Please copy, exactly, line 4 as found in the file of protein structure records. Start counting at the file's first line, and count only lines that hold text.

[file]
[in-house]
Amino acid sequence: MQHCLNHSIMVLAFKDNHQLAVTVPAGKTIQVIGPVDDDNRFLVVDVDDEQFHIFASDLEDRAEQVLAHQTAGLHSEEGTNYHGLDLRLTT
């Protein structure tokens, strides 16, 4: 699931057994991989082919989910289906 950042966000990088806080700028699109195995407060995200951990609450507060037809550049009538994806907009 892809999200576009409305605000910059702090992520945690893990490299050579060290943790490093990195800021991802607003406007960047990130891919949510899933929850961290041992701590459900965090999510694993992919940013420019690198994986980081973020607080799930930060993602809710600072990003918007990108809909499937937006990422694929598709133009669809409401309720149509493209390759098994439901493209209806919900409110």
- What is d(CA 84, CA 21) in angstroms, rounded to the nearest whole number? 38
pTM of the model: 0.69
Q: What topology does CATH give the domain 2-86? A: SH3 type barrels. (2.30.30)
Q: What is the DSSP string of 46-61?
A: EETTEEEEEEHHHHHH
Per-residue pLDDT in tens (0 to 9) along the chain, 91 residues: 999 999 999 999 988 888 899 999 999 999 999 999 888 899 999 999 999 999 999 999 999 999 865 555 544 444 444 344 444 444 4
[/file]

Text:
- What is d(CA 84, CA 21) in angstroms, rounded to the nearest whole number? 38